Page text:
Pubdate: Mon, 30 Sep 2002
Source: Daily News, The (CN NS)
Copyright: 2002 The Daily News
Author: Wayne Phillips


To the editor:

Re: Judge: Outcomes 'Inevitably' Disappoint, The Daily News, Sept. 20:

When Nova Scotia Supreme Court Justice Joe Kennedy stated, "Perfect justice 
is not to be found in this courtroom; it's not to be found, perhaps, on 
this planet," he wasn't kidding.

One particular case that is troubling is that of Michael Patriquen, who was 
sentenced to a six-year period of incarceration in a federal penitentiary 
by Nova Scotia Supreme Court Justice Suzanne Hood for conspiracy to possess 
"cannabis marijuana" for the purposes of trafficking.

Patriquen is a Category 2 Spinal Cord OCMA exemptee, for whom cannabis was 
confirmed as the appropriate treatment for his condition by Dr. M. Lynch of 
the Pain Management Unit at the QEII Health Sciences Centre.

Before being sentenced, Patriquen had requested that the sentencing be 
delayed until a Charter challenge was heard concerning the stated inability 
of the Corrections Service and Health Canada to insure that his prescribed 
course of treatment would be available to him for the duration of that 

Hood ruled that Patriquen's rights hadn't been violated because he had yet 
to begin serving his sentence. Only then, when he was deprived of access to 
cannabis, could there be evidence proving his rights had been denied.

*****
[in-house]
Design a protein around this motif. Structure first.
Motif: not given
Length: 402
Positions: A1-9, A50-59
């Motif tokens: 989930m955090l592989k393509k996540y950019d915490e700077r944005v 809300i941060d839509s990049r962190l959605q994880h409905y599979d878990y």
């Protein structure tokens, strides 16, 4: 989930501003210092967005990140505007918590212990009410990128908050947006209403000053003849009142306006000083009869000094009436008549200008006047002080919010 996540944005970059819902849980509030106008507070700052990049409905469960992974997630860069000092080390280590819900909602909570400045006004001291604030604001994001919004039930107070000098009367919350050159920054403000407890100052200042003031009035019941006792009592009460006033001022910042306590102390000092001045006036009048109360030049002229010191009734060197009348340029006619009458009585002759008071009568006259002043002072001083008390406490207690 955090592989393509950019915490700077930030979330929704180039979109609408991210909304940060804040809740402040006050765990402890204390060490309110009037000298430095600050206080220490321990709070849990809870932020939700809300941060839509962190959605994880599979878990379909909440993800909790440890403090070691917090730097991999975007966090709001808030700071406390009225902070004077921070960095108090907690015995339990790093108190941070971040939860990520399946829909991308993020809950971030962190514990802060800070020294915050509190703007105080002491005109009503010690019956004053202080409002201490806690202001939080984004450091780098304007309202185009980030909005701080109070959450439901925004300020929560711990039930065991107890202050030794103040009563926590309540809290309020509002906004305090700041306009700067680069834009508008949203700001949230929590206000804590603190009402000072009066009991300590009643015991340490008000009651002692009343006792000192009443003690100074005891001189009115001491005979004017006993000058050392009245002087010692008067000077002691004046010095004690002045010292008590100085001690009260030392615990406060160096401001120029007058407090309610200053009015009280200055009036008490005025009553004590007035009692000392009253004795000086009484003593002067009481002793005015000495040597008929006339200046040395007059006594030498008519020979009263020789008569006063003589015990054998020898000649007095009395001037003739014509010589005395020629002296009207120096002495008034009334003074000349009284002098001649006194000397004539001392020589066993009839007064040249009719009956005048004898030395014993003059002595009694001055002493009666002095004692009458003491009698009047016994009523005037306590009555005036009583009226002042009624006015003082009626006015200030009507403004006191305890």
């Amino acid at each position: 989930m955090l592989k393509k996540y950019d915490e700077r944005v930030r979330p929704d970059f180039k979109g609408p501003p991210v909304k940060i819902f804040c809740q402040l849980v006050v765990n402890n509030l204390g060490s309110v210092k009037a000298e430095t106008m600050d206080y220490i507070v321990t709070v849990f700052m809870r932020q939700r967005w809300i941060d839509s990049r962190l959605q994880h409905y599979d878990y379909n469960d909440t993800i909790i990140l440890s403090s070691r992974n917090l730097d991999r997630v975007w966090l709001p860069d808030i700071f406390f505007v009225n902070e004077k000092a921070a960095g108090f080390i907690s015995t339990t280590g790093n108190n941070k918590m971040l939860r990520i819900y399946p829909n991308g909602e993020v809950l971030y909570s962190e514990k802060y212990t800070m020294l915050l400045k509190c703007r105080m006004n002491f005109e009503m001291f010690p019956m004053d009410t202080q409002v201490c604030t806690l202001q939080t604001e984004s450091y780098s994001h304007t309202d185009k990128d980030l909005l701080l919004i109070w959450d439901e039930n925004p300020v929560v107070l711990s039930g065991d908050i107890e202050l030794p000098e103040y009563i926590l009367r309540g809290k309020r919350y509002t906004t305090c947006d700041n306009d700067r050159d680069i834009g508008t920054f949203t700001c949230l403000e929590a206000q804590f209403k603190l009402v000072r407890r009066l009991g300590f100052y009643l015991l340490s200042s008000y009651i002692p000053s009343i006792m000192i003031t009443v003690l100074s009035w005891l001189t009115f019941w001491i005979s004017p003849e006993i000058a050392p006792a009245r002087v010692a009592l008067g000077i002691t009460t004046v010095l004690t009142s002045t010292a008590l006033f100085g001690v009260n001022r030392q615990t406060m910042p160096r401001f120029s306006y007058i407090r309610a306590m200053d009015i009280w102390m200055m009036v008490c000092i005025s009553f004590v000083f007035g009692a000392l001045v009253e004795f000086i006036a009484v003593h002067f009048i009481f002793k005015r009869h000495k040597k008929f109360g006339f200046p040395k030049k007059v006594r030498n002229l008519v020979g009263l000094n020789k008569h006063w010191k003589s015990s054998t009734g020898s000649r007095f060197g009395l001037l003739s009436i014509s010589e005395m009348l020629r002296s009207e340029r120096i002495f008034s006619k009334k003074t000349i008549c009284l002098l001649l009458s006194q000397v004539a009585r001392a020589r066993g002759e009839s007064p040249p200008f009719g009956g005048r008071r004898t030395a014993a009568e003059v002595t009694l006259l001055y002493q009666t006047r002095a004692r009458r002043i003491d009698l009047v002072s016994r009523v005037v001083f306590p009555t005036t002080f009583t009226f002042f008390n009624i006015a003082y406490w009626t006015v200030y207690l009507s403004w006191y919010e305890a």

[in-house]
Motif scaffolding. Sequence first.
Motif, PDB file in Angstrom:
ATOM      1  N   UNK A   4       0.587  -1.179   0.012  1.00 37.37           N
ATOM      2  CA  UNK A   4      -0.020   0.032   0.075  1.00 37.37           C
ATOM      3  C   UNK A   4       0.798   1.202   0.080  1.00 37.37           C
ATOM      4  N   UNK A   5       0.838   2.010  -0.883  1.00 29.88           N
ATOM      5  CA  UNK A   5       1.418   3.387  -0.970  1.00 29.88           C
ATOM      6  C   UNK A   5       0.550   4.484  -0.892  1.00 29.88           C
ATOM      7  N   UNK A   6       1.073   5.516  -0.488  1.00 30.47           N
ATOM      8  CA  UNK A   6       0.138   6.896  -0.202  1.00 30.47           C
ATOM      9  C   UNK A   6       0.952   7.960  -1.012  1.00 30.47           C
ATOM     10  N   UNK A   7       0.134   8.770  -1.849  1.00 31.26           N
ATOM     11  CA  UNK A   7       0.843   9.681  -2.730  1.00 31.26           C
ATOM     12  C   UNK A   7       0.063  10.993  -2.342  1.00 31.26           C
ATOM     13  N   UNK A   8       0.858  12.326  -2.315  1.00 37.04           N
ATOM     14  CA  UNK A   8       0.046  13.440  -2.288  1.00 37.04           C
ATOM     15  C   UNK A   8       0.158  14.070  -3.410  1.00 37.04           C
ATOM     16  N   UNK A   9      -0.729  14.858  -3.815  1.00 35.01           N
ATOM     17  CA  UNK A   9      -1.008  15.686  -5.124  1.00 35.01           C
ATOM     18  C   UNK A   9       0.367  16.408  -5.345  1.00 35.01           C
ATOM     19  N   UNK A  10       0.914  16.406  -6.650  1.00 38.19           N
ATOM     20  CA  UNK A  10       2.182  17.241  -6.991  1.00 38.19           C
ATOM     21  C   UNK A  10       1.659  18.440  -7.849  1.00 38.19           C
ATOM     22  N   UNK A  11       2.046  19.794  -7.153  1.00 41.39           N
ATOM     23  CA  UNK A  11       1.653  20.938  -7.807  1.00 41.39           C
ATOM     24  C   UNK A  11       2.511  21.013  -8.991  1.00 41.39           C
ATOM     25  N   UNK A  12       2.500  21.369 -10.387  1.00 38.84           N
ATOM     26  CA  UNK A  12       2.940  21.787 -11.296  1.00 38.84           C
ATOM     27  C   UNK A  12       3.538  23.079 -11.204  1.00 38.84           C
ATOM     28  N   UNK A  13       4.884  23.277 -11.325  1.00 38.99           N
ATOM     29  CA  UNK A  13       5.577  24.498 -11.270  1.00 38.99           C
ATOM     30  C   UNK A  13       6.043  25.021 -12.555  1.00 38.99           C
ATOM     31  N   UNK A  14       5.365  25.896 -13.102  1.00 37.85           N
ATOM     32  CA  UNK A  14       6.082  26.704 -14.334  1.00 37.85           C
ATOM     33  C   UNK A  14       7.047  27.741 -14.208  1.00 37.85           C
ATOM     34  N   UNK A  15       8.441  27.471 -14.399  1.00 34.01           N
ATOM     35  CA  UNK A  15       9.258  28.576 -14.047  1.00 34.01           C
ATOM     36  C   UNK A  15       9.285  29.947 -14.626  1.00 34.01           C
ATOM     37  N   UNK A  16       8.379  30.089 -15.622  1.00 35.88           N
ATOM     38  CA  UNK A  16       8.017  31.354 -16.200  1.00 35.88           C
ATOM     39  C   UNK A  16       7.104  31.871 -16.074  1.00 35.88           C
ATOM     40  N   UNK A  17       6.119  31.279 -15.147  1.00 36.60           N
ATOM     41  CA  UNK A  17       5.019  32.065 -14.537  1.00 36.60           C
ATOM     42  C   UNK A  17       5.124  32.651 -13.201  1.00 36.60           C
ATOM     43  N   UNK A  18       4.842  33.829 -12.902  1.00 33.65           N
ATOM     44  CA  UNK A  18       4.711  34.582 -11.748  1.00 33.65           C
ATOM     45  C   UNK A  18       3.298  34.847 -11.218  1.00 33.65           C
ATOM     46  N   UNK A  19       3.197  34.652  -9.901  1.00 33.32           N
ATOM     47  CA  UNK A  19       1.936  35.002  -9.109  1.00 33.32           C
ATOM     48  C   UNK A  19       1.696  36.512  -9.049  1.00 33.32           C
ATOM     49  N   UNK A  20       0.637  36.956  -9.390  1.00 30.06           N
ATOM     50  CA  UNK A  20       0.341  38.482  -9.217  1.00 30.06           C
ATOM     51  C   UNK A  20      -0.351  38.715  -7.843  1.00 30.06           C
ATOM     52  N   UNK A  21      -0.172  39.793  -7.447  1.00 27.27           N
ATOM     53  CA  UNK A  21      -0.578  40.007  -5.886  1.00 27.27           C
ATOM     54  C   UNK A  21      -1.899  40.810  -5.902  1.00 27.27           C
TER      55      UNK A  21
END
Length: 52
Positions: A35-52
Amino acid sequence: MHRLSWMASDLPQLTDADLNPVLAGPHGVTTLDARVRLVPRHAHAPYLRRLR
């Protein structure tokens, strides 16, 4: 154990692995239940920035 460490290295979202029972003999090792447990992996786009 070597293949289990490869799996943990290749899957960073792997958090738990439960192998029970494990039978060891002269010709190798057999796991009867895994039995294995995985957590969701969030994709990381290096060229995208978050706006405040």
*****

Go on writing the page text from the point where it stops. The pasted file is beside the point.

On this technicality, Hood denied Patriquen the right to make a Charter 
challenge, stating that it was a matter of civil law between Corrections 
Canada and Patriquen. Clearly, it was a matter of federal law that should 
have been dealt with then.

Upon arriving at the prison, Patriquen was denied access to all treatment 
for his first 10 days in custody. During that time, he lost more than 10 
pounds of body weight. When he was finally offered a minimal pain remedy, 
it was in the form of a treatment already dismissed as ineffectual by both 
Health Canada and the QEII.

Under Canadian law, Patriquen has the Charter right to pursue a 
legitimately prescribed course of treatment, even though imprisoned. 
However, it is currently illegal to provide him with his approved 
medication while in a federal institution. Consequently, an apparent 
conflict of laws arises.

The Patriquen Relief Group has an online petition (at, and is requesting that the justice minister 
review this case and, in the interim, confine Patriquen to supervised house 
arrest, where he could resume his legally prescribed and federally exempted 
regiment of treatment. Though not yet widely publicized, this petition has, 
to date, garnered several hundred signatures.

Wayne Phillips

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